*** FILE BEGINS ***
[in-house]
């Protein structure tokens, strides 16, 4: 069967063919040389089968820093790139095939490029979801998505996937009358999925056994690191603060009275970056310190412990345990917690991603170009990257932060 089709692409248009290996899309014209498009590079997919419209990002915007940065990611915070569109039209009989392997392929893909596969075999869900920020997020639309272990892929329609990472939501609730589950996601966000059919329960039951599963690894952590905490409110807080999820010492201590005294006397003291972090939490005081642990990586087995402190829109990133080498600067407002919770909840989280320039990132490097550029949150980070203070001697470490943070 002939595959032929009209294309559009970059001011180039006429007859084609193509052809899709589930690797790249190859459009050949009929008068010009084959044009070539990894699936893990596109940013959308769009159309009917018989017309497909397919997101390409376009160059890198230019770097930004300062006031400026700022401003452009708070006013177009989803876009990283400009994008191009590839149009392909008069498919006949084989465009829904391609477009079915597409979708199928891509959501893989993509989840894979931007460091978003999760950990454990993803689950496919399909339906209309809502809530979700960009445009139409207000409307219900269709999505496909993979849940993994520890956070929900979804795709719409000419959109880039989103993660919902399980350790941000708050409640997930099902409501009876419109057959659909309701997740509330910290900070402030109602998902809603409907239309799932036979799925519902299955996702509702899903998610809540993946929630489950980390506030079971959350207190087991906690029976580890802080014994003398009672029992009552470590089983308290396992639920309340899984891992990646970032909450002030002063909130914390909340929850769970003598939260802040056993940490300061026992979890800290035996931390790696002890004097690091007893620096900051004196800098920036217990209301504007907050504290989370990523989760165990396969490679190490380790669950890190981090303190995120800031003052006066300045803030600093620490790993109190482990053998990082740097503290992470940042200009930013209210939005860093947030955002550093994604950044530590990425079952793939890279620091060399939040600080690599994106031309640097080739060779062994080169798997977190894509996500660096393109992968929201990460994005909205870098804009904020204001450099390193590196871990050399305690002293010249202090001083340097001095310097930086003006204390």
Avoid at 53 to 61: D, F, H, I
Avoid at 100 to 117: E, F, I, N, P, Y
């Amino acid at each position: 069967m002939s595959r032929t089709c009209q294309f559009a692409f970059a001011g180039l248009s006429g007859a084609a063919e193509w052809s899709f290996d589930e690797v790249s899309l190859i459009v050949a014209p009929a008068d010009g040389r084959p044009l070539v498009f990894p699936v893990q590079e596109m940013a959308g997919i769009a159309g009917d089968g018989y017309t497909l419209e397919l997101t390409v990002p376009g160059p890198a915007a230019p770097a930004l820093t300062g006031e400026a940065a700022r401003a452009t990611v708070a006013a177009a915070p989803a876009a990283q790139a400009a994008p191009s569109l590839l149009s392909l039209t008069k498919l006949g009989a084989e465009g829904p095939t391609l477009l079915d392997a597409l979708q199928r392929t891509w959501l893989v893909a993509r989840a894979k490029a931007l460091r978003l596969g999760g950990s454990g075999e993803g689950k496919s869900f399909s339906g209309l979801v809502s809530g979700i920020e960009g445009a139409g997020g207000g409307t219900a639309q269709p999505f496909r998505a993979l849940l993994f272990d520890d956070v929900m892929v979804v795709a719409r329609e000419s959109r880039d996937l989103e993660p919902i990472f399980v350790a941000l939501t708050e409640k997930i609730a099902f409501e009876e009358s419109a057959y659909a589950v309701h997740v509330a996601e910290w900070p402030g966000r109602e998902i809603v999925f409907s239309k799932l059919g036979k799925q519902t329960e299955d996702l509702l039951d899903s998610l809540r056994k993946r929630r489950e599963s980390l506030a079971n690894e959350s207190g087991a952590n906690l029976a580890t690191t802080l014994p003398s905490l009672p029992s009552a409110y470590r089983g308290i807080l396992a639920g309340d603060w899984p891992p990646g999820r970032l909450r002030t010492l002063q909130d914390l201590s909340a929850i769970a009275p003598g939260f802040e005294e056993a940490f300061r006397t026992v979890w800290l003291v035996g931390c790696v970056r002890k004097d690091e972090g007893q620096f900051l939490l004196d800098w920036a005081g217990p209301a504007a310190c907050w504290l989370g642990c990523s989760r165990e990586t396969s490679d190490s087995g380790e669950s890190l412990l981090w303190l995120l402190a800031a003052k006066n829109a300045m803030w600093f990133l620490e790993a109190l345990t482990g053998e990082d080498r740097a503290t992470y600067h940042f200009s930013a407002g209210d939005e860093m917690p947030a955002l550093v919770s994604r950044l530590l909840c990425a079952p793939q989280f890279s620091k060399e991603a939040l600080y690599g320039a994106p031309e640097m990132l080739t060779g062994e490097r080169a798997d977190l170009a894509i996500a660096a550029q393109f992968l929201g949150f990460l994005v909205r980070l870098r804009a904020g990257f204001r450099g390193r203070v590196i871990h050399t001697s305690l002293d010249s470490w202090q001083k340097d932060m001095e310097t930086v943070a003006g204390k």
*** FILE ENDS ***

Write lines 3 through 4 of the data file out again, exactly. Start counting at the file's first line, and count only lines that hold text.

Avoid at 53 to 61: D, F, H, I
Avoid at 100 to 117: E, F, I, N, P, Y